The CA campaign comes at a vital time for the company, said James Governor, an analyst and IT advisor with the research firm Illuminata Inc. CA has traditionally grown through acquisition and is still digesting its nearly $4 billion worth of acquisitions in Platinum Technology and Sterling Software Inc. Traditionally, CA has moved quickly to trim companies it has purchased and take the property forward in ways that have given it a reputation for being high-handed, Governor said.
"One of the main reasons they are rebranding is reputation," Governor said. "The most difficult thing they’ll have to overcome is the perception that they are a little bit too hard in terms and conditions of software licenses. They’ve always been aggressive to make sure they get as much money out of their customers, at times becoming litigious to collect."
But CA has a lot of promise, Governor said. Its flagship Unicenter software, which makes up 25% of the company’s sales, is doing well in the marketplace, he said. CA is solid in business intelligence, connecting legacy systems to the Web, portal software and Java development tools, Governor said. "If they can do a good job positioning themselves as partner rather than adversary and do a better job communicating to the channel, there is value in the portfolio."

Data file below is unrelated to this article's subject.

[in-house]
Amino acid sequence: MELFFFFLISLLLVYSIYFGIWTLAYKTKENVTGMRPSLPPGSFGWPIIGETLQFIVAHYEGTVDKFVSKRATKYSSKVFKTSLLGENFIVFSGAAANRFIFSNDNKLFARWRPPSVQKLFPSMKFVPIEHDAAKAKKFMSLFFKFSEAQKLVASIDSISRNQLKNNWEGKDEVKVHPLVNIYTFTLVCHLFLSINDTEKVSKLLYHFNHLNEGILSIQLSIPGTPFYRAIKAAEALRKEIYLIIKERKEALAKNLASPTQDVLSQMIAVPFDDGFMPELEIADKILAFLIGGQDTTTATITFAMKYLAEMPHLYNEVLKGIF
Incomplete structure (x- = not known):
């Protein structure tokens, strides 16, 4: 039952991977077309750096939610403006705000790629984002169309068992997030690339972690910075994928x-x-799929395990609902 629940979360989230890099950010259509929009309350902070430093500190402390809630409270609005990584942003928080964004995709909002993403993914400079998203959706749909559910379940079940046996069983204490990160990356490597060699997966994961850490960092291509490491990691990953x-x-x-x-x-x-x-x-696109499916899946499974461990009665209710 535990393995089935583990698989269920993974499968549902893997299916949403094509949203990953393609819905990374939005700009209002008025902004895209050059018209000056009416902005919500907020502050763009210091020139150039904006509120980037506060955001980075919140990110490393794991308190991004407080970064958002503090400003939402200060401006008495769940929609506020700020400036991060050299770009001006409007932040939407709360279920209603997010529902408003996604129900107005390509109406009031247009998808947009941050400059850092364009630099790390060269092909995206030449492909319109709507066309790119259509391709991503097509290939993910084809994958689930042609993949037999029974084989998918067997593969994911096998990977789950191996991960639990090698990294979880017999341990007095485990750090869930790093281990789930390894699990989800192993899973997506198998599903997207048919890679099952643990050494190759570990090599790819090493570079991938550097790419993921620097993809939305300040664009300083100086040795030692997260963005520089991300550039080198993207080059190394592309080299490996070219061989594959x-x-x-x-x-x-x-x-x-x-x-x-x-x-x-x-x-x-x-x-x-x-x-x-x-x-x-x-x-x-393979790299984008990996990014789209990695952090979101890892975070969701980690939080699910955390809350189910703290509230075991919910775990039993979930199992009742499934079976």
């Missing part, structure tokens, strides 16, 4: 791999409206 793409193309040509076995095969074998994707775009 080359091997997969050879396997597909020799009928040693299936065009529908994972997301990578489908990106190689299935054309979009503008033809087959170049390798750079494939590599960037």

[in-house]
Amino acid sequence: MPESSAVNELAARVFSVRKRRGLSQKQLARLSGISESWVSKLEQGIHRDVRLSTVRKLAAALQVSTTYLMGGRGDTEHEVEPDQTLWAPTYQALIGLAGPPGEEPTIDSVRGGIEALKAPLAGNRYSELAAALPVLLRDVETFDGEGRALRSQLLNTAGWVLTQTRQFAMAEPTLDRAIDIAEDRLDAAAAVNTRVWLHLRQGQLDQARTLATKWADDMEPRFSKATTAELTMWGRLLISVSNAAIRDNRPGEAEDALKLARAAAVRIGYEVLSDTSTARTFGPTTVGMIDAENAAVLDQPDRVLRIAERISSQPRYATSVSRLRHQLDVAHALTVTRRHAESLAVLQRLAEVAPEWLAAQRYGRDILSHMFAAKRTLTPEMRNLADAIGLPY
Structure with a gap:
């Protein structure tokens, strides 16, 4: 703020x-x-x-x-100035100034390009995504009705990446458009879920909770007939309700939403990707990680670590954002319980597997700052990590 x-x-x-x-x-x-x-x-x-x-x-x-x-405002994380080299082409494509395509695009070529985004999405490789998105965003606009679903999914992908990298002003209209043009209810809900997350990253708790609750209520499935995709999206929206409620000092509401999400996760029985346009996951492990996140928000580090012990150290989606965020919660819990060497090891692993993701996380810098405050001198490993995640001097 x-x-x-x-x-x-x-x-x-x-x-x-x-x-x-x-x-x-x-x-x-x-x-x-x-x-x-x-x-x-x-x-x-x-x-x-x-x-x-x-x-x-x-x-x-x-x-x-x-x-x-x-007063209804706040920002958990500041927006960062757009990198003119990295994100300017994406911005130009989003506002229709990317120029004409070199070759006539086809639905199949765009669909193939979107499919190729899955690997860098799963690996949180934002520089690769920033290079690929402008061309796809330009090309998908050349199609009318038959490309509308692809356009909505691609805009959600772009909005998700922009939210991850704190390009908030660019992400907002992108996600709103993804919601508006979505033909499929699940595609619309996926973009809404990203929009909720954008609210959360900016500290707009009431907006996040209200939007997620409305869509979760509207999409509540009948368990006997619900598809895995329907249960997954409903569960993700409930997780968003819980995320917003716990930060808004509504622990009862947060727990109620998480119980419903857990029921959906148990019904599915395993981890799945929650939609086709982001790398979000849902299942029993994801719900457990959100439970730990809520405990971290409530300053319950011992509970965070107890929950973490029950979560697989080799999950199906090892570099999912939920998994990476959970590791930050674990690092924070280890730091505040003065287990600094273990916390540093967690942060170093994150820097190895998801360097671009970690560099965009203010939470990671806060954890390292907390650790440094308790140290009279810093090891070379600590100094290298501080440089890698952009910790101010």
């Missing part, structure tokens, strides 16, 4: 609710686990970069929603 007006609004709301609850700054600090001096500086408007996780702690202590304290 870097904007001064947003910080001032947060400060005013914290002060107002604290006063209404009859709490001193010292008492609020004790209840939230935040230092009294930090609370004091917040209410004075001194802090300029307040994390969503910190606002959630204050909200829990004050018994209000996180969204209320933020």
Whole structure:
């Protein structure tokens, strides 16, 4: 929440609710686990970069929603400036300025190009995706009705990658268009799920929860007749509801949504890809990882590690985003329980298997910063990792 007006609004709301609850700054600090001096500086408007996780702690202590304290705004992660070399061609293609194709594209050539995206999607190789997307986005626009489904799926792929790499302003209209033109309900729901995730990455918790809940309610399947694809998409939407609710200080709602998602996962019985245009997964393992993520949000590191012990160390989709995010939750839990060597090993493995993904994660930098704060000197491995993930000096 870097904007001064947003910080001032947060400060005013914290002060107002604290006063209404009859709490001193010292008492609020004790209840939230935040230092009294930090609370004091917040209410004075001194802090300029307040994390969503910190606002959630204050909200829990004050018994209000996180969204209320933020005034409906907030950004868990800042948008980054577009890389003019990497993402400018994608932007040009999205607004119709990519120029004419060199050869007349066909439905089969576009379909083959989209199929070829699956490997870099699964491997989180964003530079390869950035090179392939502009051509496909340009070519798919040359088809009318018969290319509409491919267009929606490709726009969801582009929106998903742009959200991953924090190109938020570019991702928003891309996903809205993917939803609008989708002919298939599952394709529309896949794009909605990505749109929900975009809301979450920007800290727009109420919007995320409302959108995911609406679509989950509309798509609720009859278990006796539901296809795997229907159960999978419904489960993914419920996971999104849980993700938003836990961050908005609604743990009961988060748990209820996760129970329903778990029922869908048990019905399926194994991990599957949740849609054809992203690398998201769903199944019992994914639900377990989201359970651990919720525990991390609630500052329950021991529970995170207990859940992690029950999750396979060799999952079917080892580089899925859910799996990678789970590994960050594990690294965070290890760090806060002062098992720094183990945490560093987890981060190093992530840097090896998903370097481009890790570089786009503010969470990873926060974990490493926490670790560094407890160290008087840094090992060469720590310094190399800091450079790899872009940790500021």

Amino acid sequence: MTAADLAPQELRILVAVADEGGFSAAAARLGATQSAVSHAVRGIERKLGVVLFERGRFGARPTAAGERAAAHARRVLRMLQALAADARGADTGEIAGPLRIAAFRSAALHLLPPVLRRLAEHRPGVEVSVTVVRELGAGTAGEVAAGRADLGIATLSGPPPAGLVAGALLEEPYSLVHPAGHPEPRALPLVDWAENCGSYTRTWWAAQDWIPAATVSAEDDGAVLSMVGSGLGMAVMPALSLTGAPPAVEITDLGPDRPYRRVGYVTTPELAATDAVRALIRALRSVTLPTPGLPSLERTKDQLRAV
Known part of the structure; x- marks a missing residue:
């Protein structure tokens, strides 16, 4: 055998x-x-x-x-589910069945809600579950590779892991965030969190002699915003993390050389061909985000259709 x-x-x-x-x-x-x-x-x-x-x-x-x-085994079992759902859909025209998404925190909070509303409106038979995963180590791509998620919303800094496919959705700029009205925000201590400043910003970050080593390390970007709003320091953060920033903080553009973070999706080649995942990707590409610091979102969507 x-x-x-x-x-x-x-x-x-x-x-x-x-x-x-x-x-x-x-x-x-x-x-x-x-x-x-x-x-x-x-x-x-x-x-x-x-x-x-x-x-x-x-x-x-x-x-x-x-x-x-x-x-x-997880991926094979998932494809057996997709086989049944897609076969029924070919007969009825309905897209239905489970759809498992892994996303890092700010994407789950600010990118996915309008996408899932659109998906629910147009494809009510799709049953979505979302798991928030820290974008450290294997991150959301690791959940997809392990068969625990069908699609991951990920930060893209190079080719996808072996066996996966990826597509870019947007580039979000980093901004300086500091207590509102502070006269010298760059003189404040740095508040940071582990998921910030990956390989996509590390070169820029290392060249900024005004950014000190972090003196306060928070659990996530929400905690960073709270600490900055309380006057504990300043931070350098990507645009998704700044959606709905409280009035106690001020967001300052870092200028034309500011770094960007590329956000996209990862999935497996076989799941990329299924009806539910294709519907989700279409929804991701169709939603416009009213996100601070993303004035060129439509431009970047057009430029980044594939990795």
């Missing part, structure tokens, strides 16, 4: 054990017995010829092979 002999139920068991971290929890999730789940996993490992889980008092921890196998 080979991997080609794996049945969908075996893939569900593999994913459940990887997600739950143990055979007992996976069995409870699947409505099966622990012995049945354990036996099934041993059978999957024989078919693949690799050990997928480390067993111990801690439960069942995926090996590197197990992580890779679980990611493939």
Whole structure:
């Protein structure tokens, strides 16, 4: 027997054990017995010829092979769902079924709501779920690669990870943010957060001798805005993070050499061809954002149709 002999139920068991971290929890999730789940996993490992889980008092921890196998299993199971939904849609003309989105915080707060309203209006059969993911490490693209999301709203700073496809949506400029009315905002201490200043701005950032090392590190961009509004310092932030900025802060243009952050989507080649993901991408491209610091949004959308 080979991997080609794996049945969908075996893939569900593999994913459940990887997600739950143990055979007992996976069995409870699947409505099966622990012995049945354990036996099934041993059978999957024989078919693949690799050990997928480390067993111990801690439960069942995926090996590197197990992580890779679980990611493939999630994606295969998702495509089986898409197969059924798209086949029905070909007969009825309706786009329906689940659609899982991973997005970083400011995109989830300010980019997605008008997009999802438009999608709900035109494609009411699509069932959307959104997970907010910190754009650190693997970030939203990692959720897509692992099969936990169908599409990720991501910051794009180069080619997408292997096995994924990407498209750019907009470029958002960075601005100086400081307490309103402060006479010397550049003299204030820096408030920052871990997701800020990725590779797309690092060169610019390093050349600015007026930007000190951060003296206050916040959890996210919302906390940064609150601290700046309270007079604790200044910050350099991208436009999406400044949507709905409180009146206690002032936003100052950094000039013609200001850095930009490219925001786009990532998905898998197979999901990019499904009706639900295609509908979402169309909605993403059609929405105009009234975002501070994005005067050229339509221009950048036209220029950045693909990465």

CA’s marketing approach should be different than the messages of IBM, Microsoft and SAP AG, said Robert Grammatica, senior partner at Y&R. Instead of working up ads featuring customer success stories or product details, CA is seeking a simple b-to-b message that is "more human and approachable," he said.
The first TV ad, titled "Wake up," features leading-edge technology to position CA as an innovator, Grammatica said. Using various Manhattan cityscapes, the commercial features roosters ready to awaken the city. As dawn approaches, thousands of roosters crowing cause temblors on Wall Street. Y&R’s Media Edge leads media buying, while Y&R’s Landor Associates created the logo.
"A lot of commercials on the market are tongue-in-cheek and of low production value," Williams Bhagat said. "We don’t think that is representative of this company." Strategic Super Bowl XXXV buys of spot commercial time in San Francisco, Washington, New York and Austin will help propel the campaign without breaking the budget, she said.
CA’s new brand accompanies a shift in strategy, said Michael Dortch, research analyst with Robert Frances Group Inc. Instead of selling more than 800 software products on a license-by-license basis, CA has begun selling packages that address specific business problems, he said.
"CA has suffered from ‘quiet giant syndrome,’" Dortch said. "Successful in several areas, such as IT security and anti-virus, they’re not even always perceived as being a competitor by some IT executives and other observers."